Event teaches artists legal side of music
The UF law conference also focused on problems with online file sharing.
Published: Sunday, February 1, 2004 at 6:01 a.m.
Last Modified: Sunday, February 1, 2004 at 12:18 a.m.
For up-and-coming bands, contracts and royalties can be as important as writing songs and touring - a reality many young musicians don't discover until they are locked into unfavorable record deals.
This Saturday, at the University of Florida's second annual Music Law Conference, entertainment lawyers and music industry insiders tried to level the playing field by educating artists about the legal and business side of the music world.
"Most artists and musicians are getting into a field they want to make their career with no understanding of what they're getting into," said Ron Bienstock, a partner at a New York law firm and part-time musician who helped mentor young artists and aspiring entertainment lawyers.
In addition to informing musicians about their legal and business options, the conference brought together law students, entertainment lawyers and record label representatives to discuss the growing impact of online file sharing on the traditional music industry.
Though record labels have blamed file-sharing services like Napster and its many successors for a recent slump in sales, most of the attendees agreed that record labels will have to learn to live with file-sharing networks, which claim tens of millions of users worldwide.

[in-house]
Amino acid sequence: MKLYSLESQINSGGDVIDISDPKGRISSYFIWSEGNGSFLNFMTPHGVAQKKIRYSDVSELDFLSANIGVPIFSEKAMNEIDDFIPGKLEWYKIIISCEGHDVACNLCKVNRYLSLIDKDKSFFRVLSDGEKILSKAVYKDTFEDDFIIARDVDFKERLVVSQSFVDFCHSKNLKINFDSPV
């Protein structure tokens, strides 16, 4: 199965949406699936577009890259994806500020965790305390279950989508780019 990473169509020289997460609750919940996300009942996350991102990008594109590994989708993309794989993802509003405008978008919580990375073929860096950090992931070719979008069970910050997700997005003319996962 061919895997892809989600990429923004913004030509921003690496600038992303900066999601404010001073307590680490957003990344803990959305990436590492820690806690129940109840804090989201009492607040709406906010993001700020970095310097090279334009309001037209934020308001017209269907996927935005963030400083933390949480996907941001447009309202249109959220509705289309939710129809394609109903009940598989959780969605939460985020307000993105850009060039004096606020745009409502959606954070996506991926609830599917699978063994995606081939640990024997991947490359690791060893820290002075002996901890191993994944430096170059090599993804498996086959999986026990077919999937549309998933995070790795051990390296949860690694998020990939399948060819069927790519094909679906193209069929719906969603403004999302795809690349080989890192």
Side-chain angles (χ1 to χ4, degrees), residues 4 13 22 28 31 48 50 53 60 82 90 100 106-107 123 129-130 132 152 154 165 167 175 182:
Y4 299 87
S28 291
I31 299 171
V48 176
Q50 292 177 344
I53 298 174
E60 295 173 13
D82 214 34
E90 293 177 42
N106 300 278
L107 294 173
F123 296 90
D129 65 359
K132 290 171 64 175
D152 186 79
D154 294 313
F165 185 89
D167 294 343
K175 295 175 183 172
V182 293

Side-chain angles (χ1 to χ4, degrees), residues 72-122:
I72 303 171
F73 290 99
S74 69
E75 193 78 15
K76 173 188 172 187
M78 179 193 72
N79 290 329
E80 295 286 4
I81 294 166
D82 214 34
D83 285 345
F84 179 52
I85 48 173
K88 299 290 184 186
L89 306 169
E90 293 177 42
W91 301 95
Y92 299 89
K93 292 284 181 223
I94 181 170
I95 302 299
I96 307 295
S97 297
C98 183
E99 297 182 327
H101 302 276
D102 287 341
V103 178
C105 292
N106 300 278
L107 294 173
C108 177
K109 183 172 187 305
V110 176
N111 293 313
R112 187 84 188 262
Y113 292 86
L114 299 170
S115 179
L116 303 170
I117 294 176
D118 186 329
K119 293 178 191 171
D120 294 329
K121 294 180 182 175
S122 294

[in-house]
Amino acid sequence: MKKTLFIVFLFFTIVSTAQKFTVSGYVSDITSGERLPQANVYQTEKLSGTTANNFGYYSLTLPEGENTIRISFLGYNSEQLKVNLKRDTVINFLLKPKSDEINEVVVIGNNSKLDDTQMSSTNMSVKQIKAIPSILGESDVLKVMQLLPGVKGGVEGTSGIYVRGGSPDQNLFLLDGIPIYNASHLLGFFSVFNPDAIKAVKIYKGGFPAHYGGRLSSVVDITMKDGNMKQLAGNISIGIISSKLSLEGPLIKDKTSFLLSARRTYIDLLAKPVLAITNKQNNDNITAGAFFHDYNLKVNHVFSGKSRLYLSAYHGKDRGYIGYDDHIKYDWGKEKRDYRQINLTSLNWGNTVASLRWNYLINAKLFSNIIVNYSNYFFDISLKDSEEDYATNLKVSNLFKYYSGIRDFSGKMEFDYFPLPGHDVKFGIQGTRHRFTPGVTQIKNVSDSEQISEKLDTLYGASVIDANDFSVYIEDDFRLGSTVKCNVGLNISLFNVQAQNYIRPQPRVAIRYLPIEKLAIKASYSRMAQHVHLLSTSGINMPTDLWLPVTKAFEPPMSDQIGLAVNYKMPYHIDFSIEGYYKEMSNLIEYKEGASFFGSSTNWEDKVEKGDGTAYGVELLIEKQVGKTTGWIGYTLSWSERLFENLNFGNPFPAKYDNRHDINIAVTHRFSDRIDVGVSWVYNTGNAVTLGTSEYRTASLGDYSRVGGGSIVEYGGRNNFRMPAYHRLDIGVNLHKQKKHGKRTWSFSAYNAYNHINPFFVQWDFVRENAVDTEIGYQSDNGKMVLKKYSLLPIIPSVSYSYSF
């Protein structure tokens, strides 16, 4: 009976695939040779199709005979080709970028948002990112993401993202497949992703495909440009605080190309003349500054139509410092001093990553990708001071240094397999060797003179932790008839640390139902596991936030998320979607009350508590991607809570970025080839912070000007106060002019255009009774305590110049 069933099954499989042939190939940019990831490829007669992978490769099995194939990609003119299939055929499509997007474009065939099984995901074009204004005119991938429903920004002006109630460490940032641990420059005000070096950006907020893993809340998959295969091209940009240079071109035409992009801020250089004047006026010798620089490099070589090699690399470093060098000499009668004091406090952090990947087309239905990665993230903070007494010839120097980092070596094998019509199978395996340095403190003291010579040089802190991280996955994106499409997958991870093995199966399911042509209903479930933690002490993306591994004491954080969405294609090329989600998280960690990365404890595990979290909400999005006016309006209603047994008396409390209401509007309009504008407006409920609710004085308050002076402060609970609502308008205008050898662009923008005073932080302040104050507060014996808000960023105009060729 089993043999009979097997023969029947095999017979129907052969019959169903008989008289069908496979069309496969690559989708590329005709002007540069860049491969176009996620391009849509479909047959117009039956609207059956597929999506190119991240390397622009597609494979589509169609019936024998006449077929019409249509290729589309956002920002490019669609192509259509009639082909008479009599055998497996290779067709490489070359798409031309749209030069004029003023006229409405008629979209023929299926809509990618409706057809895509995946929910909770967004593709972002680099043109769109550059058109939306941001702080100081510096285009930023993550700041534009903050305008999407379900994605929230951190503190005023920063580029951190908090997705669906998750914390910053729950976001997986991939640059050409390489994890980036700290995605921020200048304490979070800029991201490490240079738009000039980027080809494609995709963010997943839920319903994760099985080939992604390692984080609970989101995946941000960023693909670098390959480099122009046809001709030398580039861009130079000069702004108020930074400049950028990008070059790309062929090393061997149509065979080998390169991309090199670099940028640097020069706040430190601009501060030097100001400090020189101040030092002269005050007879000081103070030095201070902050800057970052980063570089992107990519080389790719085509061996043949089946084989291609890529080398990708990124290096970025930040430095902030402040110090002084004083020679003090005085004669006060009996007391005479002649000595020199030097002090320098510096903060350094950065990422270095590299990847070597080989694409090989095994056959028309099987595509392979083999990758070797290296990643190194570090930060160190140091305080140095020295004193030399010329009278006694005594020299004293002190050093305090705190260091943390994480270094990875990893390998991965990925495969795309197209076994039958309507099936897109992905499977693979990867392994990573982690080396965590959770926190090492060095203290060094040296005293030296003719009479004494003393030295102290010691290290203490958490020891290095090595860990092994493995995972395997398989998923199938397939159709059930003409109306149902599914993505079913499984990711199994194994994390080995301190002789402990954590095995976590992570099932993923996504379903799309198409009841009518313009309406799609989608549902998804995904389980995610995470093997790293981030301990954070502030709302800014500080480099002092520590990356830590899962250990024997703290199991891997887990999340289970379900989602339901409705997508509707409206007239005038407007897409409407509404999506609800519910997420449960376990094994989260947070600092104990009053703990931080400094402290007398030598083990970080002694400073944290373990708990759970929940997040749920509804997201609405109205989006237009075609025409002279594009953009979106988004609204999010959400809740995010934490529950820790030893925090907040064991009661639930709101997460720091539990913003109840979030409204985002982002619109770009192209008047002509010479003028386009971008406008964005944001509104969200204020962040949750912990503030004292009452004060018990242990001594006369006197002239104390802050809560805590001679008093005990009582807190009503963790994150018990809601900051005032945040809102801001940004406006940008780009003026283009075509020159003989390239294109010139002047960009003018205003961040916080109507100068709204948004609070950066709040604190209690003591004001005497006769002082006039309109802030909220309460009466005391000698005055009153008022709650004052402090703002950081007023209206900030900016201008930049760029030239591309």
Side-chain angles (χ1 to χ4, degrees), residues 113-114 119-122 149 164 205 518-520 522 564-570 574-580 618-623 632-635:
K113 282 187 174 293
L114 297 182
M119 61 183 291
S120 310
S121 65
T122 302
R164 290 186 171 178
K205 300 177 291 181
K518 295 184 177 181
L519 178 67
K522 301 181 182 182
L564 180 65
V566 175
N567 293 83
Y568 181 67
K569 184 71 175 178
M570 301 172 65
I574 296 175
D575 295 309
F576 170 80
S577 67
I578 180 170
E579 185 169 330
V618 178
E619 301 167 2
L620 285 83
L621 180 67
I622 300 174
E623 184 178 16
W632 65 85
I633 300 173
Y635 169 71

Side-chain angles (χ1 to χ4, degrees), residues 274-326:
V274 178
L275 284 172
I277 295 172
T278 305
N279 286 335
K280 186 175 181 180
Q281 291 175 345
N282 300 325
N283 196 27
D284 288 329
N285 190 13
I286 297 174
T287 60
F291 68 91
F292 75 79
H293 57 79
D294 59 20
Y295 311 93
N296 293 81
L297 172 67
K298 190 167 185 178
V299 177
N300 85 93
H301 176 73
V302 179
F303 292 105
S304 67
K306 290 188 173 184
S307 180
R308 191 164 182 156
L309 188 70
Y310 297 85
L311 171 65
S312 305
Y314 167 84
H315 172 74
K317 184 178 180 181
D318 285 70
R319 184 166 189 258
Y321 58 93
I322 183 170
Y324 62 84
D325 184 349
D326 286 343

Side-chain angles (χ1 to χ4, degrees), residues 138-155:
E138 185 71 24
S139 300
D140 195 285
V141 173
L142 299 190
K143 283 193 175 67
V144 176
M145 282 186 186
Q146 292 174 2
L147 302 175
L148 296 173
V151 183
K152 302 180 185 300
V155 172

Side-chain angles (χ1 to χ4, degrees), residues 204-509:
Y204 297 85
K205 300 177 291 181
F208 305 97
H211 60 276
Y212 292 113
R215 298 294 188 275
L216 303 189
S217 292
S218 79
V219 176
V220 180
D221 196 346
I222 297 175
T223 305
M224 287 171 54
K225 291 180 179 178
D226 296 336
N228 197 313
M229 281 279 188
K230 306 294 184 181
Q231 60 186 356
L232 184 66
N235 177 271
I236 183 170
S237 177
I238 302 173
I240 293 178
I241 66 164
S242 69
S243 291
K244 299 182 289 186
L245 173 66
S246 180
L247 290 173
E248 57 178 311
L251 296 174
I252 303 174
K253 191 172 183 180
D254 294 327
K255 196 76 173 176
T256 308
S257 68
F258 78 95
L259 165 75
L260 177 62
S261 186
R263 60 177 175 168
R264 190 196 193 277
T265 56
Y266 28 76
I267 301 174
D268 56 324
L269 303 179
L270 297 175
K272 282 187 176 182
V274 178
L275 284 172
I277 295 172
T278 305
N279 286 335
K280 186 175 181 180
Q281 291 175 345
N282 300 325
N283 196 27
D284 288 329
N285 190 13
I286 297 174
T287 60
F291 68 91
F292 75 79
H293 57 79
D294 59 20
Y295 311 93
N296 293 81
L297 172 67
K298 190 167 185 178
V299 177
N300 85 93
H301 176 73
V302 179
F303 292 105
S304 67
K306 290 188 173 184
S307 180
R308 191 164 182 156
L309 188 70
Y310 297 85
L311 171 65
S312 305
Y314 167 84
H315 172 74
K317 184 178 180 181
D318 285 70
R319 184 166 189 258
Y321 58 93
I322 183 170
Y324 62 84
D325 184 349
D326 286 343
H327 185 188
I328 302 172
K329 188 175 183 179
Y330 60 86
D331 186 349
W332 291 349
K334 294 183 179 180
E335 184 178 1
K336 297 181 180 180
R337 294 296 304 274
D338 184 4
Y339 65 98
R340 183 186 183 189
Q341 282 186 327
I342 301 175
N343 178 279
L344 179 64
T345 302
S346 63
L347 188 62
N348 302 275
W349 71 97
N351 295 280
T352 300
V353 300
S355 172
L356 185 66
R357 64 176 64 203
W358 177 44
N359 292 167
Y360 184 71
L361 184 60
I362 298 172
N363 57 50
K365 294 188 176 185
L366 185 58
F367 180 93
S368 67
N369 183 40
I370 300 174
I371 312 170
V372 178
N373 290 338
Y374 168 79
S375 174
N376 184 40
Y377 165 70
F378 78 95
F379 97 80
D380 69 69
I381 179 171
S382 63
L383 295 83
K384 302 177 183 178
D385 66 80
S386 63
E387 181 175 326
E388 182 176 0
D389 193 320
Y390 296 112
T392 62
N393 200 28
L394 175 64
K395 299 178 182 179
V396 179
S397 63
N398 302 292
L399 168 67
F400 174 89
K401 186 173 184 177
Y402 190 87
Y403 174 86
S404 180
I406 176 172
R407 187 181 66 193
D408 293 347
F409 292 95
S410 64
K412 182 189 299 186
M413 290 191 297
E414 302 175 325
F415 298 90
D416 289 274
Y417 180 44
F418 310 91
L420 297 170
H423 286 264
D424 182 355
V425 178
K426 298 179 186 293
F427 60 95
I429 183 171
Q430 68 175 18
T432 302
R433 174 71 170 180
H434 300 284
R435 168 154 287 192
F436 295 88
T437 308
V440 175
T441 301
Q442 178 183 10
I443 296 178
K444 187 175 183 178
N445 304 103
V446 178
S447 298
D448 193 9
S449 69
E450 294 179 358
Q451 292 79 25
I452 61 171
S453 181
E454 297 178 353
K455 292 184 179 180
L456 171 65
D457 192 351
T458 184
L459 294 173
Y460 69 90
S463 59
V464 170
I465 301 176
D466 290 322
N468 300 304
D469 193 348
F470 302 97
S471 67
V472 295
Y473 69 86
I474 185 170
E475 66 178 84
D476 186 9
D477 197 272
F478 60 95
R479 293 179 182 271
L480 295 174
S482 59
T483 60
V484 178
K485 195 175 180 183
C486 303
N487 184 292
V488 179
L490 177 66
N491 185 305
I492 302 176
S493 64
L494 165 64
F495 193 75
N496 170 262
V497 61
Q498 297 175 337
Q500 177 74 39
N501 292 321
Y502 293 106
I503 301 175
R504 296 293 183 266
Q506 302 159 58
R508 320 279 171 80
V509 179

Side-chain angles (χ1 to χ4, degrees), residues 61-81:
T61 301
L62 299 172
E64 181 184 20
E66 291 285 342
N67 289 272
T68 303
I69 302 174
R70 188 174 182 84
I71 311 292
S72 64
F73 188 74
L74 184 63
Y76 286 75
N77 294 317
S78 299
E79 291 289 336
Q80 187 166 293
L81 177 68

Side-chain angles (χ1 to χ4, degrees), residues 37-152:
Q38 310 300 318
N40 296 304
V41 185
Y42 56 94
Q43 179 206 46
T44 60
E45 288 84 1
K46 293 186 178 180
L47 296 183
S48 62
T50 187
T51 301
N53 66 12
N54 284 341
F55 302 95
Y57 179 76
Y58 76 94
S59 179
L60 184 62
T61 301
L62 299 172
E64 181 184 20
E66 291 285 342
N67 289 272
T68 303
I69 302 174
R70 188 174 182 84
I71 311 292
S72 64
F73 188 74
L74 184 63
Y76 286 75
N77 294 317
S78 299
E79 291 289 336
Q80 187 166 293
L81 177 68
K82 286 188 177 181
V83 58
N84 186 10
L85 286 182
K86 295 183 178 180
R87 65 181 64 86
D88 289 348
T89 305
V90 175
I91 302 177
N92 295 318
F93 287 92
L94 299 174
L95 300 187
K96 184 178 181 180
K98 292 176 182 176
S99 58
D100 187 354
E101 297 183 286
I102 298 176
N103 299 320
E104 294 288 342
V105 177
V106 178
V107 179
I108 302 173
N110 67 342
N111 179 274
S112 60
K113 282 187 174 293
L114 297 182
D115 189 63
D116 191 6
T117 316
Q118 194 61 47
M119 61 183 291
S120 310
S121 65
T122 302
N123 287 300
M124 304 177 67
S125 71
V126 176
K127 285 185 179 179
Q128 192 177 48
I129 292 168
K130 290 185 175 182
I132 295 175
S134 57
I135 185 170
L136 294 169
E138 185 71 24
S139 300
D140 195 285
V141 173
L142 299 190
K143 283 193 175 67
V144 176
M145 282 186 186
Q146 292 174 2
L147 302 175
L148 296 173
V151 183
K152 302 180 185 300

In the conference's keynote address, Harvard professor and Internet law pioneer Charles Nesson stressed that the music industry's old strategy of trying to completely shut down file sharing was no longer a realistic option.
"One view of the subject has the ship of copyright sinking, and many people decrying it as a disaster," Nesson said.
But, he noted, "There are some parts of the world where the music business has been extremely vibrant without copyrights. The music business may be in trouble, but music itself may survive and thrive."
However, he doesn't expect digital technology to make copyrights obsolete. Rather, he predicted that the music industry will adapt, with services like Apple's iTunes, and make legal, online music-buying a more appealing option for typical consumers.
"For awhile, (record labels) had their heads in the sand," Nesson said after the address, adding, "it's always going to be possible for someone who is interested and capable to get digital products for free."
Jason Gordon, the UF law student who organized the conference, said speakers like Nesson will help broaden the event's appeal.
"We're trying to build on what we did last year with more speakers from around the country, and bands from around the country," he said. This year, musicians came from North Carolina, Louisiana, Texas, Georgia, Ohio, California and New York, as well as from around Florida, performing at local bars and clubs as part of a conference-sponsored music showcase.
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